In any sport, and specifically a highly tactical, complex and unpredictable sport like cycling, there are many factors that culminate towards an outcome. Some factors play a bigger role than others, but all play a unique role in the eventual outcome, whether that be success or failure. The way we interpret and think about the role these factors play is crucial to our performance in training as well as racing.
If you really look at it, success is not the result of one big thing done right, but many small things done right; and failure is not the result of one big thing done wrong, but many small things done wrong. To say we fail or succeed because of one factor is delusional, and even more so when so many of them are totally out of our control. We cannot predict a result because of one single factor either, for example hard work. Yes – it is of paramount importance, but if success was the direct result of hard work, we may as well hand in our training diaries on race day and leave the race all together! We forget about tactics, equipment, opposition, mental preparation, nutrition, weather, etc. – it all comes together to form an outcome. In fact, the unpredictability of these factors and the result as a whole is what makes sport so beautiful!
We tend to get two types of riders who each interpret these factors very differently:
The one is focused on the things he can’t control and all the ways it can go wrong, and to what extent. For example, on a windy day – he’ll focus on the wind, if he get a puncture – he’ll focus on the puncture, and if the opposition breaks the record – he’ll focus on the opposition. They are easily distracted from their own performance, to the factors around them out of their control.
The other is focused on his own performance, what he has done (preparation), and how well he has done it. For example, on a windy day – he’ll focus on the fact that everybody has to ride in the same wind, if he gets a puncture – he’ll fix it and put it behind him, and if the opposition breaks the record – he’ll think rationally about it, i.e. the conditions must be conducive to breaking records.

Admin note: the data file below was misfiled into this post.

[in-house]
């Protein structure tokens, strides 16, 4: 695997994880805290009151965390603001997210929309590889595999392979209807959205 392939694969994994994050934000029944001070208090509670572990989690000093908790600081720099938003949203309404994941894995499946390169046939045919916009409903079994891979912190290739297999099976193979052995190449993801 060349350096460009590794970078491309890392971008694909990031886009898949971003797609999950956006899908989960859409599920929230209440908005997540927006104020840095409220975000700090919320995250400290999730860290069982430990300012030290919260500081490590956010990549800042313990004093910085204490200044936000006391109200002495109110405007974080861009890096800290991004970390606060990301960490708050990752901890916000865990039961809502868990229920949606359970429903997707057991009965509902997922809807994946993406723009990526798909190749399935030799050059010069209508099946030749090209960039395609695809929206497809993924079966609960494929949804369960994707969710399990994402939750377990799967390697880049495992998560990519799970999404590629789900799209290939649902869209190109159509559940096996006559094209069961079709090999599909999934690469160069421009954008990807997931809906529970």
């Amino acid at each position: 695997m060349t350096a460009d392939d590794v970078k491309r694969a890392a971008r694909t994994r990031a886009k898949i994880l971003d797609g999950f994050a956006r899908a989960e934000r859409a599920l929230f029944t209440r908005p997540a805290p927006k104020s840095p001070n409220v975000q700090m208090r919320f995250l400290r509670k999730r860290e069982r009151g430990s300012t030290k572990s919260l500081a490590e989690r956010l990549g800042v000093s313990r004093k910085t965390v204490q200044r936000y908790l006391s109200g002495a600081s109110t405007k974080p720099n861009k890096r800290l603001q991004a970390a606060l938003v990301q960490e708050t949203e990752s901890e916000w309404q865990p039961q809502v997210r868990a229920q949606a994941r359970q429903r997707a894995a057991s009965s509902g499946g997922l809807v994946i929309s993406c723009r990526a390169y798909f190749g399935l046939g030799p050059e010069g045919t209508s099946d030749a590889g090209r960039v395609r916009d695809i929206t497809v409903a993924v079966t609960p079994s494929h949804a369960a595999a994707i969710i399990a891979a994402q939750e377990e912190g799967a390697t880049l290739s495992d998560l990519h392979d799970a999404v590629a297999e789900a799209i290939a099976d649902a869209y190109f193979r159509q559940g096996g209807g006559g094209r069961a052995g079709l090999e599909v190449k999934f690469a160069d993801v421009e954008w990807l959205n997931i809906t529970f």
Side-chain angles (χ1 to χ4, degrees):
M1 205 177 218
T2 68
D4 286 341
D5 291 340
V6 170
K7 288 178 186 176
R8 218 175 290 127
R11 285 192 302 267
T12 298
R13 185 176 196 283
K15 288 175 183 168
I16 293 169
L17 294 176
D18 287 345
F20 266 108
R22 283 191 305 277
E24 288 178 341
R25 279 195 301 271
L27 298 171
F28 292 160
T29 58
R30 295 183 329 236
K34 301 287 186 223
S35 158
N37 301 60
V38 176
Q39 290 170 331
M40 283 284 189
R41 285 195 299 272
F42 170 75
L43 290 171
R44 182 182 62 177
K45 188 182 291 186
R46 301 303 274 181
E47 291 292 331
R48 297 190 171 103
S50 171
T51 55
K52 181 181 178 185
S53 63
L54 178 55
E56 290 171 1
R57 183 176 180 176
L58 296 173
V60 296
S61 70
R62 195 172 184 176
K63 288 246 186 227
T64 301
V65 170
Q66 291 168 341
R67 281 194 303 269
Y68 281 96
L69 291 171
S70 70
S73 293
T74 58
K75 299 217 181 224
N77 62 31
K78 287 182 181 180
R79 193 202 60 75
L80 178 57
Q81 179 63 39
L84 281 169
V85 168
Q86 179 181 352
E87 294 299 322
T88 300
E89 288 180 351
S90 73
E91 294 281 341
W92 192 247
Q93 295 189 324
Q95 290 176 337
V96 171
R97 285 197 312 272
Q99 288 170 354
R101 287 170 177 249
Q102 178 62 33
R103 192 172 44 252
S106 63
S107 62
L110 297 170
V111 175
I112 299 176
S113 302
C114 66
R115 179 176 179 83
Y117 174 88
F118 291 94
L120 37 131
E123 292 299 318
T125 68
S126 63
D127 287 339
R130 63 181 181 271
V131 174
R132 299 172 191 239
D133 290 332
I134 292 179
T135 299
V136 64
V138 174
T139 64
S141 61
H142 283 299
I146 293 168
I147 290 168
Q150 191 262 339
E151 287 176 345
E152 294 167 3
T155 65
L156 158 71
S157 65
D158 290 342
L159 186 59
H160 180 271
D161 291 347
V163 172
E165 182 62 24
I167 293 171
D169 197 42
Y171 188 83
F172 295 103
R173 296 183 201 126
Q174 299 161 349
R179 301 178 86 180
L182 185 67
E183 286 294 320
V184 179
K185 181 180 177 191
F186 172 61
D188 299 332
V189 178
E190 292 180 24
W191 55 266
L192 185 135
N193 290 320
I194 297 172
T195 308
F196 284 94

Which one do you think wins?
Which of the two above riders won is not the point, as the factors involved in the outcome are far too many to mention, from experience, to luck, to simply who is the best on the day. The real issue is who will get the best out of themselves, and who will handle the outcome better regardless of what it is. The way the rider interprets and thinks of the factors involved is directly related to that.
Let’s discuss those two riders:
The first rider was focused on the uncontrollable factors. He was easily distracted, and this could be due to lack of mental skills, inexperience, pressure, etc. As soon as something from outside of himself played a role in some way, he shifted his attention to that. He took something small and insignificant and blew it out of proportion. These factors include the weather, officials, mechanical issues, the opposition, and even team mates. The scary part about this, it’s so easy to forget about ourselves and focus on them! We see it even in the world tour and Olympic Games! Look at the mind games athletes’ play before a big competition, or when riders complain about the weather in a race. Yes, sure, these factors can play a big role in the eventual outcome, but if we can’t change it, why waste energy focusing on it? When we do, results become inconsistent, the true impact of training becomes less and often we start to lose focus of what really matters, our own performance relating to our own personal goals (the controllable factors).